Escapist Editorials

Escapist Editorials
The Winners of The Escapist Awards and Game of the Year Nominees

The Escapist Staff | 31 Dec 2013 09:00
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The Escapist Award Nominees for Best Action-Adventure Game of 2013 are:

Tomb Raider
The Last of Us
Saints Row 4
Assassin's Creed 4: Black Flag
Grand Theft Auto V

Runner-Up for Best Action-Adventure Game of 2013 -

Assassin's Creed IV: Black Flag

Greg says: We've reached the point where you could shout out random historical eras and chances are Ubisoft has already considered making an Assassin's Creed set during that time. The Golden Age of Pirates is probably the best of those choices, and the team did an amazing job of recreating the Caribbean Sea as an open "ocean" experience. You can track and sink any ship you encounter with easy-to-learn and yet challenging naval combat mechanics, as well as jump off your pirate ship to swim ashore on any island to find collectible items. Add that to refined action-stealth gameplay, and a rousing soundtrack of sea shanties (which are also a collectible) and you've got a recipe for hours of fun. Ubisoft thankfully has moved on from Desmond's story, and AC4 is better off with only brief forays into the modern world framing the adventures within the Animus. AC4 is a fun, deep game that you can play for a few hours or a few lifetimes.

And The Escapist Award for Best Action-Adventure Game of 2013 goes to ...

the last of us screen

The Last of Us

Josh says: Storytelling in games has come a long way since the text-based adventures and the likes of Zork. With realistic graphics, full voice over acting, and dedicated writers whose sole job is to craft a compelling narrative, gaming has never before had the tools at its disposal that it does right now to tell a genuinely impactful tale. Nothing showcases this fact more than The Last of Us.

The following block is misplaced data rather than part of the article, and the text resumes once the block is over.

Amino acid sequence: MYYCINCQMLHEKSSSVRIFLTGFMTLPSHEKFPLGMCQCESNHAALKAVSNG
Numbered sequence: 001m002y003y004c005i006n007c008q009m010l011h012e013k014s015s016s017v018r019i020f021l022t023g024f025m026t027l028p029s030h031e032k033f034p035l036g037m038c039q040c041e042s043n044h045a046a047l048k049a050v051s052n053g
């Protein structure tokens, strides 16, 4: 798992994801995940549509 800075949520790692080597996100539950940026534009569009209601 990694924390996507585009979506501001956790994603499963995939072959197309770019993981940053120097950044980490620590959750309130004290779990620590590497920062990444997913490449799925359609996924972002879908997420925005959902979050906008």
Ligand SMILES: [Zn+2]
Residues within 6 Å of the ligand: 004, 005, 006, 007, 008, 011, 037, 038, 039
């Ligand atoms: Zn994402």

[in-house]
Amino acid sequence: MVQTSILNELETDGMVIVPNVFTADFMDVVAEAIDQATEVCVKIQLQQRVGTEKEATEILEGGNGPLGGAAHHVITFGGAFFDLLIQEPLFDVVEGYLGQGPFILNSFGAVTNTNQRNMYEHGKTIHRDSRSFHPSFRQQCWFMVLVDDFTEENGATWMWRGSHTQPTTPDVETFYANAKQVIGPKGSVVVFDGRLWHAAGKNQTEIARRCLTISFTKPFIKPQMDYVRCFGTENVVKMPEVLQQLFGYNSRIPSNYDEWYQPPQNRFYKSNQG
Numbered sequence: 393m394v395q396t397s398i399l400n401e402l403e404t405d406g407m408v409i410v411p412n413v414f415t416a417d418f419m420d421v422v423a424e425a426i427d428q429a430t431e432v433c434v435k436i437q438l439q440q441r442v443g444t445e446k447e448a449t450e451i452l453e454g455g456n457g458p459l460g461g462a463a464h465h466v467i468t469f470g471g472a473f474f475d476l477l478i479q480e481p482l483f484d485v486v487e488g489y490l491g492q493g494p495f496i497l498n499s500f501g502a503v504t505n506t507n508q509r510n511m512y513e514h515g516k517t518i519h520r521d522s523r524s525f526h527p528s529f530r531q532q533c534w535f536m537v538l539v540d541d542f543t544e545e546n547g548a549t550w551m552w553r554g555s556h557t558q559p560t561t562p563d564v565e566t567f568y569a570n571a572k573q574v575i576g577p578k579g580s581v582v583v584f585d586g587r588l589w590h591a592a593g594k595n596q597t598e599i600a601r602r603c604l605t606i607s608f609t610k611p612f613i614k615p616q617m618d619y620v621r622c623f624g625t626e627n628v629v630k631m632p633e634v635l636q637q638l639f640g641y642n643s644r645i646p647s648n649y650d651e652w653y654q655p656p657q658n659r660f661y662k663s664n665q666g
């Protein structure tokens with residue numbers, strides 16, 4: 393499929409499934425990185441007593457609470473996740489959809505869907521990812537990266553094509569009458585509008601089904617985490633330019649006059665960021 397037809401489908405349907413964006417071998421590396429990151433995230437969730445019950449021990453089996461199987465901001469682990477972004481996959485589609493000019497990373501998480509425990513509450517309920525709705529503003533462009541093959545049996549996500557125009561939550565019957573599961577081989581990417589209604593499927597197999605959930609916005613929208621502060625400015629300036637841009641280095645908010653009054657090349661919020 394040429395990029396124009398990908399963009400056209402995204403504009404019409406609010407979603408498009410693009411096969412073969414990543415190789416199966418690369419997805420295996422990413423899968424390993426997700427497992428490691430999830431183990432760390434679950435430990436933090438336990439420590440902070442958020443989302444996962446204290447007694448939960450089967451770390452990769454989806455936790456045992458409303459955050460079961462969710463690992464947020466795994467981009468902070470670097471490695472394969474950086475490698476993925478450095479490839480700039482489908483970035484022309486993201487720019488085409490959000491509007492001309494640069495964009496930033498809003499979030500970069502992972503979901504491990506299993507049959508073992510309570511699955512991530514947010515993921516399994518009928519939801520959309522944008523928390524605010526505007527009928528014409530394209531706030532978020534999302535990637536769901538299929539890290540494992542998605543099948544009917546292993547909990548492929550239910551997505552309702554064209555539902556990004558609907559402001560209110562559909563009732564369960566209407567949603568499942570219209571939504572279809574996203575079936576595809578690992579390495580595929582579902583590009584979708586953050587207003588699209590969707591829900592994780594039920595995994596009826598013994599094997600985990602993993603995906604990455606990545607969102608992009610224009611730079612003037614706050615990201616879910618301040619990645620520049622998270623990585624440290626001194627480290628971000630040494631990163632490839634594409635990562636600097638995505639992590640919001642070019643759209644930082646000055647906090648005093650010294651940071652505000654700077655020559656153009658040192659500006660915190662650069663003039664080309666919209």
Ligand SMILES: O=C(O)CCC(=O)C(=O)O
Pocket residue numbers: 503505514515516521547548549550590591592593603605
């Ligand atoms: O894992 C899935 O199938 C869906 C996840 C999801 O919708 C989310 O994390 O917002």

On its own, the opening scene is a heart wrenching introduction to Joel, the game's protagonist, giving the player sufficient insight to understand his motivation throughout the story. From the very beginning, The Last of Us sets the player up to not only play the game, but genuinely experience the drama as the adventure unfolds. You might not care much for Ellie when she's first introduced, but she grows on you quickly thanks to her all-too-real interactions with Joel, and their cooperative struggles through the zombie-infested wastelands of America.

Given that it was all done with 8-year-old technology, Naughty Dog set the bar high for next-gen with The Last of Us. While none of the games currently available for the new consoles really aim to unseat The Last of Us as the benchmark for in-game stories, it's painfully obvious that they're going to need more than hyper realistic facial expressions (which are already visible in titles like Ryse: Son of Rome) to make players care this much about characters in a game.

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